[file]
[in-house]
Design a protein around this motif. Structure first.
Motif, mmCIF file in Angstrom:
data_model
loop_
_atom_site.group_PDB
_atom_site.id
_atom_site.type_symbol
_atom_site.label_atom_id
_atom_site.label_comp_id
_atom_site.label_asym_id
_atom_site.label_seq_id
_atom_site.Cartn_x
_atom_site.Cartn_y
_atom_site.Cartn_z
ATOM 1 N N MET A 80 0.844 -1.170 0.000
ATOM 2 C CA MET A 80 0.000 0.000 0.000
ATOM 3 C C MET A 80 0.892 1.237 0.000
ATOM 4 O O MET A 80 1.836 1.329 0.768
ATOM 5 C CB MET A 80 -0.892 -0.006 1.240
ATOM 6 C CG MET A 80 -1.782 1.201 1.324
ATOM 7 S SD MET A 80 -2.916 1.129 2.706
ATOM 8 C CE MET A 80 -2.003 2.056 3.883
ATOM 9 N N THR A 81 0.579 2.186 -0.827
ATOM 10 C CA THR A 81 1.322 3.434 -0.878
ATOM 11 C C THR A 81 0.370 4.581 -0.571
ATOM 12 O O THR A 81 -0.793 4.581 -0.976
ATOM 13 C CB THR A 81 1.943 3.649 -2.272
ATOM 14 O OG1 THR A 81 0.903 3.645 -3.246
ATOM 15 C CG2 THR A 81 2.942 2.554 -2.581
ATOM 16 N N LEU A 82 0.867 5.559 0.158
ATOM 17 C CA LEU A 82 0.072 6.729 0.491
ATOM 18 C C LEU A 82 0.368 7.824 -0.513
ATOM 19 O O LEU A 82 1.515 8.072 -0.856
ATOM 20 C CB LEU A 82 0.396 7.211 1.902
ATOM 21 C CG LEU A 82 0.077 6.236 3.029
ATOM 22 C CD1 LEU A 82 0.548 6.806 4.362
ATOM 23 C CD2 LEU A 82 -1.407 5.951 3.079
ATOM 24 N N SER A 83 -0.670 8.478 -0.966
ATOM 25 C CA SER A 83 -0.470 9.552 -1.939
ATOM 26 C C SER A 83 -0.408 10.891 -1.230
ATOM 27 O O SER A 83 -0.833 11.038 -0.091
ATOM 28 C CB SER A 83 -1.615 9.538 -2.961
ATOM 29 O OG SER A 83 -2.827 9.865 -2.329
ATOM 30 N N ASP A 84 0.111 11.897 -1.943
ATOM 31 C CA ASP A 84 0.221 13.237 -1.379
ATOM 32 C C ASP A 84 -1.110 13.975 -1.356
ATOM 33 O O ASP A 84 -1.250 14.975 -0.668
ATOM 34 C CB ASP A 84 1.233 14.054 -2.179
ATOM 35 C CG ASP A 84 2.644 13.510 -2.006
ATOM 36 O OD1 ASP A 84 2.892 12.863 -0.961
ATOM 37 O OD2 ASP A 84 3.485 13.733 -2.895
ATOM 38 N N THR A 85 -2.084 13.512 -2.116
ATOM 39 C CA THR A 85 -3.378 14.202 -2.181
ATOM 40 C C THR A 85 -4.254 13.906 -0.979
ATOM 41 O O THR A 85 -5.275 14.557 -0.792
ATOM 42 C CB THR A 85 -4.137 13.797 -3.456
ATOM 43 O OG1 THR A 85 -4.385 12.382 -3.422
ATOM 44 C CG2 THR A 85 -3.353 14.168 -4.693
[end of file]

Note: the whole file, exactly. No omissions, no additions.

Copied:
[in-house]
Design a protein around this motif. Structure first.
Motif, mmCIF file in Angstrom:
data_model
loop_
_atom_site.group_PDB
_atom_site.id
_atom_site.type_symbol
_atom_site.label_atom_id
_atom_site.label_comp_id
_atom_site.label_asym_id
_atom_site.label_seq_id
_atom_site.Cartn_x
_atom_site.Cartn_y
_atom_site.Cartn_z
ATOM 1 N N MET A 80 0.844 -1.170 0.000
ATOM 2 C CA MET A 80 0.000 0.000 0.000
ATOM 3 C C MET A 80 0.892 1.237 0.000
ATOM 4 O O MET A 80 1.836 1.329 0.768
ATOM 5 C CB MET A 80 -0.892 -0.006 1.240
ATOM 6 C CG MET A 80 -1.782 1.201 1.324
ATOM 7 S SD MET A 80 -2.916 1.129 2.706
ATOM 8 C CE MET A 80 -2.003 2.056 3.883
ATOM 9 N N THR A 81 0.579 2.186 -0.827
ATOM 10 C CA THR A 81 1.322 3.434 -0.878
ATOM 11 C C THR A 81 0.370 4.581 -0.571
ATOM 12 O O THR A 81 -0.793 4.581 -0.976
ATOM 13 C CB THR A 81 1.943 3.649 -2.272
ATOM 14 O OG1 THR A 81 0.903 3.645 -3.246
ATOM 15 C CG2 THR A 81 2.942 2.554 -2.581
ATOM 16 N N LEU A 82 0.867 5.559 0.158
ATOM 17 C CA LEU A 82 0.072 6.729 0.491
ATOM 18 C C LEU A 82 0.368 7.824 -0.513
ATOM 19 O O LEU A 82 1.515 8.072 -0.856
ATOM 20 C CB LEU A 82 0.396 7.211 1.902
ATOM 21 C CG LEU A 82 0.077 6.236 3.029
ATOM 22 C CD1 LEU A 82 0.548 6.806 4.362
ATOM 23 C CD2 LEU A 82 -1.407 5.951 3.079
ATOM 24 N N SER A 83 -0.670 8.478 -0.966
ATOM 25 C CA SER A 83 -0.470 9.552 -1.939
ATOM 26 C C SER A 83 -0.408 10.891 -1.230
ATOM 27 O O SER A 83 -0.833 11.038 -0.091
ATOM 28 C CB SER A 83 -1.615 9.538 -2.961
ATOM 29 O OG SER A 83 -2.827 9.865 -2.329
ATOM 30 N N ASP A 84 0.111 11.897 -1.943
ATOM 31 C CA ASP A 84 0.221 13.237 -1.379
ATOM 32 C C ASP A 84 -1.110 13.975 -1.356
ATOM 33 O O ASP A 84 -1.250 14.975 -0.668
ATOM 34 C CB ASP A 84 1.233 14.054 -2.179
ATOM 35 C CG ASP A 84 2.644 13.510 -2.006
ATOM 36 O OD1 ASP A 84 2.892 12.863 -0.961
ATOM 37 O OD2 ASP A 84 3.485 13.733 -2.895
ATOM 38 N N THR A 85 -2.084 13.512 -2.116
ATOM 39 C CA THR A 85 -3.378 14.202 -2.181
ATOM 40 C C THR A 85 -4.254 13.906 -0.979
ATOM 41 O O THR A 85 -5.275 14.557 -0.792
ATOM 42 C CB THR A 85 -4.137 13.797 -3.456
ATOM 43 O OG1 THR A 85 -4.385 12.382 -3.422
ATOM 44 C CG2 THR A 85 -3.353 14.168 -4.693